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February 2020 - Dwayyo


 $10.95

This item is password protected and available to members of The Geocoin Club only. If you are a member of The Geocoin Club, you will receive the month's password in club newsletter email.

Design By: Chris Mackey 

Dimensions 45 mm Wide

Thickness4.0  3.5 mm

Finish 2 Tone Ant Copper/Ant Nickel
Enameling Soft Enamel

Trackable? Yes

Has Icon Yes

February 2020 - Dwayyo

Design notes from Chris:  

In August of 2019, the legend of the Schneller Geist (aka Snallygaster) was showcased and the mysterious origins of the 7-sided star art among the Pennsylvania Dutch settlers was shared.  The legendary terror feared only one creature in it's domain... the Dwayyo (aka Hexenbeast or Maryland Dogman).  These rare offspring of the Geist are born with an innate intelligence and intense hatred of their forebears.

While investigating the Schneller Geist, I was struck by the unusual reference to the rare offspring known as the Dwayyo.  There are only a few references to that name, but during my investigation I found another word for the same creature...  Hexenbeast.  These creatures have been confused with popular stories of Werewolves and the like for centuries, but there are numerous distinct differences between the two.  The Dwayyo is described quite distinctly on numerous occasion from writings dating back to the 16th century and in oral tradition far longer.  The most infamous being the Beast of Gévaudan in the Margeride Mountains of south-central France from 1764 to 1767.  Attacks by the beast(s) spanned an approximately 50 mile square area and an estimated 210 attacks resulted in injury or worse.  The Kingdom of France spent an enormous amount of money and man-power to destroy the beast before the famed hunter Jean Chastel was finally credited with slaying the creature with hand-forged silver bullets.  

When Dutch settlers began to establish farms in the new world in the late 18th century, most thought the perils of the old world were left behind, but before long the Schneller Geist and Hexenbeast were encountered here as well.  They are described as lean and heavily muscled with a heavy, bushy tail (unlike the werewolf) and moving rapidly from an animal's gait to a bi-pedal loping.  It appears similar to a wolf, but larger and with the arms, stance and stature of a human in a crouched posture.  There were quite a number of recorded sightings with the latest taking place in 1944, then the mid '60's and then again in 1976 and the latest in 2009.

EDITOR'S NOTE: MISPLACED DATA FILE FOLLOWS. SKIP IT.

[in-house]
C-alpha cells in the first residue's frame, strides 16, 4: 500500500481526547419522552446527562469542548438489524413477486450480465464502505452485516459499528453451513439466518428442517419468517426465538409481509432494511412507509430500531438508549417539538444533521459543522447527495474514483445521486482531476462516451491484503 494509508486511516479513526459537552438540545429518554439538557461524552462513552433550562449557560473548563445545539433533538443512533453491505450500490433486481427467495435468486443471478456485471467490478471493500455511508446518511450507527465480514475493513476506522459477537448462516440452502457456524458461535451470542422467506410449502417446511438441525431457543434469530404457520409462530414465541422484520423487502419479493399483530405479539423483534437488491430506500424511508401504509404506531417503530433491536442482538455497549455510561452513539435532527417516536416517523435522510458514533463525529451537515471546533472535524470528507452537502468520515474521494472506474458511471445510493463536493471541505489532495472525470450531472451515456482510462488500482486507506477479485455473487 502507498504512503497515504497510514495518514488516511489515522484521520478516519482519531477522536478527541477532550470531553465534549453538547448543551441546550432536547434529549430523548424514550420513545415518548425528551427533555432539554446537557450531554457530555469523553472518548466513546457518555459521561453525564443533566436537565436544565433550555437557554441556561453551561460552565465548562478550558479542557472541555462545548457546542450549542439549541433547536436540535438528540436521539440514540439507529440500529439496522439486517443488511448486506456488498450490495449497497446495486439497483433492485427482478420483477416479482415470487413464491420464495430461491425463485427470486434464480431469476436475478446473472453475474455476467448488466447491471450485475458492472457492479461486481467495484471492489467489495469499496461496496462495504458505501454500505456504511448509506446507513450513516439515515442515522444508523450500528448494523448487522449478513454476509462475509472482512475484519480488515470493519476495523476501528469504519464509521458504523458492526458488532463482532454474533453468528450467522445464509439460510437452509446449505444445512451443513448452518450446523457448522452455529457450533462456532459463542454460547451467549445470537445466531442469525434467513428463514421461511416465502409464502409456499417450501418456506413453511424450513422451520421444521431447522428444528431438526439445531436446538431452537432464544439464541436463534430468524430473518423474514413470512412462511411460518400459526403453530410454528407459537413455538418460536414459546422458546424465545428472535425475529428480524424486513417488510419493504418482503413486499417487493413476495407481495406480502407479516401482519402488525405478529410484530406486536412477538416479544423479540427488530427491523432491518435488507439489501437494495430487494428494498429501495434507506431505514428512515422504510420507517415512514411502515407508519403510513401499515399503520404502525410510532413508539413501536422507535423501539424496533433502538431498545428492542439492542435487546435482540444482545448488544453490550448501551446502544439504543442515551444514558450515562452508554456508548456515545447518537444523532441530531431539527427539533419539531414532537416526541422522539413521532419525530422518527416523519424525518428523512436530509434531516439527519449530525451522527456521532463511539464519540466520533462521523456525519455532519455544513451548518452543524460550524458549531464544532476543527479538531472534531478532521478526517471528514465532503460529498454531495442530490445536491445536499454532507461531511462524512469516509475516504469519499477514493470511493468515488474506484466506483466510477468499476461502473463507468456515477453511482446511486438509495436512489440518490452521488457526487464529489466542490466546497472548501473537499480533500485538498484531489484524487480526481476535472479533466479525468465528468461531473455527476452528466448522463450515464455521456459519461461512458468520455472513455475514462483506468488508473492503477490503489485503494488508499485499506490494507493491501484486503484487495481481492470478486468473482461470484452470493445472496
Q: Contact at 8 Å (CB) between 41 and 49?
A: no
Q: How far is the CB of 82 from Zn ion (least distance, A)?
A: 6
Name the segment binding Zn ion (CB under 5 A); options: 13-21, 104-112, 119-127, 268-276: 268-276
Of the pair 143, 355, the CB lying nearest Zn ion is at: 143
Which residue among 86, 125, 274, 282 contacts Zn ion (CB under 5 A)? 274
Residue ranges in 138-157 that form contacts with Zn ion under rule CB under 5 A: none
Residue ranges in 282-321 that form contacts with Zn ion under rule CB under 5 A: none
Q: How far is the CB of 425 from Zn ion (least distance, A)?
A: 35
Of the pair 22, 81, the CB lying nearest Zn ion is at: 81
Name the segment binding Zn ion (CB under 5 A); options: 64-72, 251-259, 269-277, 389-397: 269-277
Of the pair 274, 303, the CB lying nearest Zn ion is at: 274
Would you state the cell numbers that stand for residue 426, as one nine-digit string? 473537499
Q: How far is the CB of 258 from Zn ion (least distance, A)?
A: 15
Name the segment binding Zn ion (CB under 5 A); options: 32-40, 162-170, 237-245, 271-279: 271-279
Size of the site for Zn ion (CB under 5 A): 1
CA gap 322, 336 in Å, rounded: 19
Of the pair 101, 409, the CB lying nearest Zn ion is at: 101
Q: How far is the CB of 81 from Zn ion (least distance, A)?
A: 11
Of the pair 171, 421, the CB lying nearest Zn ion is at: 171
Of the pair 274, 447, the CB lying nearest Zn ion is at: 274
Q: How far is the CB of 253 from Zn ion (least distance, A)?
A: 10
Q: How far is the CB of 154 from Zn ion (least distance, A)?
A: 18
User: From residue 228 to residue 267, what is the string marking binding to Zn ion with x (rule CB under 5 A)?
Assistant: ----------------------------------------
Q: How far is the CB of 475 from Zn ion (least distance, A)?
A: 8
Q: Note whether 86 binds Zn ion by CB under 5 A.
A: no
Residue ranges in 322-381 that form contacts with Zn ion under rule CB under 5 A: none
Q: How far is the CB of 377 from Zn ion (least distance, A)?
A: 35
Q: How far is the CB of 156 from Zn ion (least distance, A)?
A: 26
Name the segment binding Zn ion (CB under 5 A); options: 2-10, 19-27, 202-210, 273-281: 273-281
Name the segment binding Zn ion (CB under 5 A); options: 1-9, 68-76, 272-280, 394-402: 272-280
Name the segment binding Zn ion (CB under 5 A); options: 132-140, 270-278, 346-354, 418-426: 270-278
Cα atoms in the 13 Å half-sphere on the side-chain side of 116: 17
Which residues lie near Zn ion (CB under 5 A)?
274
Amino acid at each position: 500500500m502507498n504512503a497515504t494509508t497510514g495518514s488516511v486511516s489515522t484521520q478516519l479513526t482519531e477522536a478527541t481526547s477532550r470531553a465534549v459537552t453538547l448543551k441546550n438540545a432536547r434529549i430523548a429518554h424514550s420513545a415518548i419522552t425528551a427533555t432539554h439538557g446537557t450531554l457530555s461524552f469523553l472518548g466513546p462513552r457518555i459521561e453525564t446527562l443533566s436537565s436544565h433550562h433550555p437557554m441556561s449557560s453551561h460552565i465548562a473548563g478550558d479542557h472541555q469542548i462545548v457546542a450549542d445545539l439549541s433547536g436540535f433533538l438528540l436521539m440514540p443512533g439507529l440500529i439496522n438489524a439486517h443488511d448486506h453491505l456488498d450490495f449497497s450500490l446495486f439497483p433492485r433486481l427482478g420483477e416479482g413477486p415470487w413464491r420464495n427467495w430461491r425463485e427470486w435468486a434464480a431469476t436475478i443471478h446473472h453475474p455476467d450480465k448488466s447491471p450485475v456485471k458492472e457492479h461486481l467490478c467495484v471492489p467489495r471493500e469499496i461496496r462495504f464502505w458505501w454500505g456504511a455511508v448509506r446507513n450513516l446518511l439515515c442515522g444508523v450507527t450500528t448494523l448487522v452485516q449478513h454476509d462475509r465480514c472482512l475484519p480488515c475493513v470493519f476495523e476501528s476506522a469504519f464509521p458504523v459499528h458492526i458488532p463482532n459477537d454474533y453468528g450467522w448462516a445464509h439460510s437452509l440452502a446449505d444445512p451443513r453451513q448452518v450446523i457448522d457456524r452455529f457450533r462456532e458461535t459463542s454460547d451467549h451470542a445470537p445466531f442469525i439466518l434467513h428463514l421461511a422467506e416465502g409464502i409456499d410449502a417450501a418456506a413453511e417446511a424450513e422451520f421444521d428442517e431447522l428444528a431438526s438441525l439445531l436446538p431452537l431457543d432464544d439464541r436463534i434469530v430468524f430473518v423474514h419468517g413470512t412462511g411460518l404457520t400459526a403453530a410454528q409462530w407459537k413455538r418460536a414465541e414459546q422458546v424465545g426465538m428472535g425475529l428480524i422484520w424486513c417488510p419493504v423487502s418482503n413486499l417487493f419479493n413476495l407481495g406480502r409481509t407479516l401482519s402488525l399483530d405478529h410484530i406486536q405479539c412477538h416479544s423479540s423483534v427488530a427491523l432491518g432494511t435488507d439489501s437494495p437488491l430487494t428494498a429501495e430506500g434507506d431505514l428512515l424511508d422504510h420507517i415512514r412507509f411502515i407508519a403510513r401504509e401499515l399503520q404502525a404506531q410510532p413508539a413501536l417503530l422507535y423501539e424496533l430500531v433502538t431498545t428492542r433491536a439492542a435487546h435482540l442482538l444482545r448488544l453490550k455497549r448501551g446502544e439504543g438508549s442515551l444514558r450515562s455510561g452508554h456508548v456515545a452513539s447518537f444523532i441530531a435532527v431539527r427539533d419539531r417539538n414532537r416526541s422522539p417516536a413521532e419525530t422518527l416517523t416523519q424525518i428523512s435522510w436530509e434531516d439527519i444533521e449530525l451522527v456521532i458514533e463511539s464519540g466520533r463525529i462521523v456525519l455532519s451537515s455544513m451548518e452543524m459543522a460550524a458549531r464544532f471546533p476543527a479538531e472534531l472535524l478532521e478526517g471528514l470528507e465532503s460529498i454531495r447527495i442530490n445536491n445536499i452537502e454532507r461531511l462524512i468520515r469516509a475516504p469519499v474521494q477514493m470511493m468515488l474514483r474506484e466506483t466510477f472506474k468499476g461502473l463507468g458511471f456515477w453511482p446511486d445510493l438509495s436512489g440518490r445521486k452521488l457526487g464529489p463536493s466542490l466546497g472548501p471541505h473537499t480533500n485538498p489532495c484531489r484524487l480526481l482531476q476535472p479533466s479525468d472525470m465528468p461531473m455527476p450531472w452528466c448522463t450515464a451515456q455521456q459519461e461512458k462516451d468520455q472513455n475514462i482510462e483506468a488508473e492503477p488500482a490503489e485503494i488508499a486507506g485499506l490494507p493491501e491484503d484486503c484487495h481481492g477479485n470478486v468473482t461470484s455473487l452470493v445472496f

The consistency of the physical descriptions by people who lived locally and people visiting or passing through with no prior knowledge is astounding.  Most people made official reports to police, park rangers and county sheriffs, but also asked to remain anonymous.  However, two Cunningham Falls State Park Rangers saw a large, hairy creature matching the Hexenbeast description in 1978 and entered it in their official reports.  It was particularly important because less than 2 years prior there was another report by two concerned local hunters who encountered a creature while out spotting deer at night.  They reported seeing a creature "at least six feet tall and looked like a wolf. Its body was covered in thick brown fur with the lower half banded in lighter and darker stripes. The hind legs were thick like a kangaroo and as it ran, it was upright and leaning forward, much like how a human being runs."  In 2009, along Coxey Brwon Road outside Myersville, Maryland another encounter records a woman driving near the same state park on the way to visit a friend late in the evening.  She noticed an animal running along side the road through the woods and slowed out of fear that it might be a deer that could attempt to cross the road and be struck.  As she slowed it suddenly veered out of the woods and directly toward her vehicle where she could see it quite clearly.  She sped away immediately and reported it to local authorities.  To date there have been hundreds of reported encounters and sightings in more than 39 states.  

So if you're out there after dark and you hear the distant scream of the Dwayyo, you'll want a token of protection from the otherworldly creature.  In the same way that the Dutch settlers had a 7-pointed star hex symbol of protection for their homes and farms from the Snallygaster, they also had 5-pointed star hex symbols of protection from the Dwayyo.  They would embed these hexes with symbols of strength like the oak and maple, barriers of water or runes from the old country.  This coin carries those marks of protection and arrangements of runes in a style similar to the oldest depicted protection hexes.  A reminder to be careful when out in the woods at night and talisman of protection to sooth those nerves when you hear a bump in the dark!  

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